By SueCanyon | August 27, 2007
You’ve heard the adage, ‘define your niche, and work it’? As businesses grow, I have noticed a clear tendency to stray from this strategy. And while there are many legitimate reasons to do so, be careful that you don’t dynamite your cash flow as a result.
I have a client who has successfully cornered the market in a particular niche in a city with a great deal of that sort of work. The company has focused on customers that are resistant to deflation (downward price pressure) and stock market fluctuations, and that pay their invoices in 15 days. What a find!
In an attempt to expand their revenue base, this client took on a couple of contracts that were outside the deflation resistant customer group, who take 10% in retention and hold it for six months or more, and who pay their invoices in an average of 50 or more days. Topping off the changes, the two contracts represented 16% of their entire year’s revenue.
The client was excited to have landed what appeared to be very lucrative projects. However, within a couple of weeks it was clear that cash would be a major issue. The entire operation was focused on these two projects, which meant that the work for which they were paid in two weeks slowed almost to a halt. Within two weeks, the cash that had once flowed so plentifully, dried up, and they almost went out of business.
Had the company prepared to ‘fund the ramp’ as I like to call it, they could have taken on this work without sucking the life out of the business. One of the reasons that banks are hesitant to lend money to companies that have aggressive growth plans is because owners don’t understand the implications of growth, and especially growth in new niches, on the cash flow of the business. And most business owners don’t know how to measure the ramp, let alone fund it.
So, be very careful when attempting any departure from what you’re already VERY good at. And never stray with more than one thing to learn at a time. I had another client who ran a short-run production machine shop that had very good profits with some solid customers. He decided to go into production of a product that he would sell on the internet.
Production and inventory would have been big enough issues for him to learn as he got into it, but the addition of trying to sell on the internet, nearly did him in. He was not able to give either business the nurturing it needed, and after investing heavily in the new venture, he barely broke even that year.
Once he abandoned the new product, he found an outlet that would handle the marketing end (off the internet), and he was able to begin again and build a small but lucrative new product line.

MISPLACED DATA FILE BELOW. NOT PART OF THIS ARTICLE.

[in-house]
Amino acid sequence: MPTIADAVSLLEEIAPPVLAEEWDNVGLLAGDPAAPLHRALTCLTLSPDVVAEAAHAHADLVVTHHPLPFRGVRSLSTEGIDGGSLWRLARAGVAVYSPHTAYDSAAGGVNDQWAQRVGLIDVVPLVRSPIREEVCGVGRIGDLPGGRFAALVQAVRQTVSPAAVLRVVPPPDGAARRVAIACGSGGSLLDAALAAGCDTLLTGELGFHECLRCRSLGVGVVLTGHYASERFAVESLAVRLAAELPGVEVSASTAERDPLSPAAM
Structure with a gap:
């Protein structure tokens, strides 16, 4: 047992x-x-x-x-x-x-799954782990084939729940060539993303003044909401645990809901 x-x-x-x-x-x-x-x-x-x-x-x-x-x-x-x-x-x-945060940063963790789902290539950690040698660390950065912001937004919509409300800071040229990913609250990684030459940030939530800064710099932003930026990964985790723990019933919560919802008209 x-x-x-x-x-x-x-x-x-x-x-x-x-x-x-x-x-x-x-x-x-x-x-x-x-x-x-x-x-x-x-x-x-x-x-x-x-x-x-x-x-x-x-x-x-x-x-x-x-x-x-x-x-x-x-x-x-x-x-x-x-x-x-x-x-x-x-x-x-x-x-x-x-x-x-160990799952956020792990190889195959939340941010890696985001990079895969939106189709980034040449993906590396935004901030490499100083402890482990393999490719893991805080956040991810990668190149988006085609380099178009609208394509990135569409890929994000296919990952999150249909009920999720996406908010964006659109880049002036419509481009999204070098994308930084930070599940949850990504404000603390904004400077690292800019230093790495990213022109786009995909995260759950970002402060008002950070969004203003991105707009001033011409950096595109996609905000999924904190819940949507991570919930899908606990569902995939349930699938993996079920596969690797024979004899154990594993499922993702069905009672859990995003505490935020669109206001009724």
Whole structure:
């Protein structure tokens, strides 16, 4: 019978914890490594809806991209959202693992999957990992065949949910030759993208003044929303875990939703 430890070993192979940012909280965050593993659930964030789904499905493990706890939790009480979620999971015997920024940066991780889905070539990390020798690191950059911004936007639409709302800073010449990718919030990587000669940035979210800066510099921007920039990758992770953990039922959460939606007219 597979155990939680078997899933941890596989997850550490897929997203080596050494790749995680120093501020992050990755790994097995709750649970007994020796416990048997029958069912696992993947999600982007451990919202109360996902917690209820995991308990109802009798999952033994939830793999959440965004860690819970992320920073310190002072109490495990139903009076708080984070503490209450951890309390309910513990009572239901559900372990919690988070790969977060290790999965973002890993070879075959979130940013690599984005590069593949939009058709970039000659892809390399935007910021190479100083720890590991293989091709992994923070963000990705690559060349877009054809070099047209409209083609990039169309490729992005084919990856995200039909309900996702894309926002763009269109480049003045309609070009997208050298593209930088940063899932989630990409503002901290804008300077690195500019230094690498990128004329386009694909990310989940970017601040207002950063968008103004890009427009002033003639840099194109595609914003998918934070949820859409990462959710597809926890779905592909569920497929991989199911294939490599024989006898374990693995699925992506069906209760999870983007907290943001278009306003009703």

Now, let’s say that you are staying within your niche, but your customer group just grew to include Wal-Mart or Home Depot. This prospect tends to bring a flutter to the hearts of many small business owners. “I’ve finally arrived!” is what most owners in this situation conclude. I have seen owners celebrate for a week upon the news that they have been accepted as a ‘big box’ vendor. The problem is that unless you are very well-funded… and I mean by a millionaire who doesn’t mind dropping a considerable amount your way, you may be signing a death warrant for your business.
First of all, this customer will overshadow all your other customers combined. Will you even be able to service them as you attempt to service the big box? So you focus on this one customer and let your other customers fend for themselves. Next, their payment terms will often drain a small business, the owner, your retirement fund, the education funds for the children, the swimming pool money that your wife has stashed, the equity in your home, and a handful of credit cards to boot!
Most owners don’t react quickly enough, even if you have access to that much cash. Next, now that they are your main customer and they know it, they begin to beat you down on price. Then, when you don’t perform to their specifications, miss a delivery, or argue about price, they return your product and leave you to deal with it with no customers to fall back on.
My advice? Don’t celebrate. Plan. And don’t let adrenaline make your decisions for you. If it’s wrong for you… it’s wrong. Don’t go there.
There is a cash flow model that predicts how cash will flow for a given situation, and a method for measuring the ‘ramp factor’ in my Profit Power Action Pack lessons, in case you find yourself in one of these situations.
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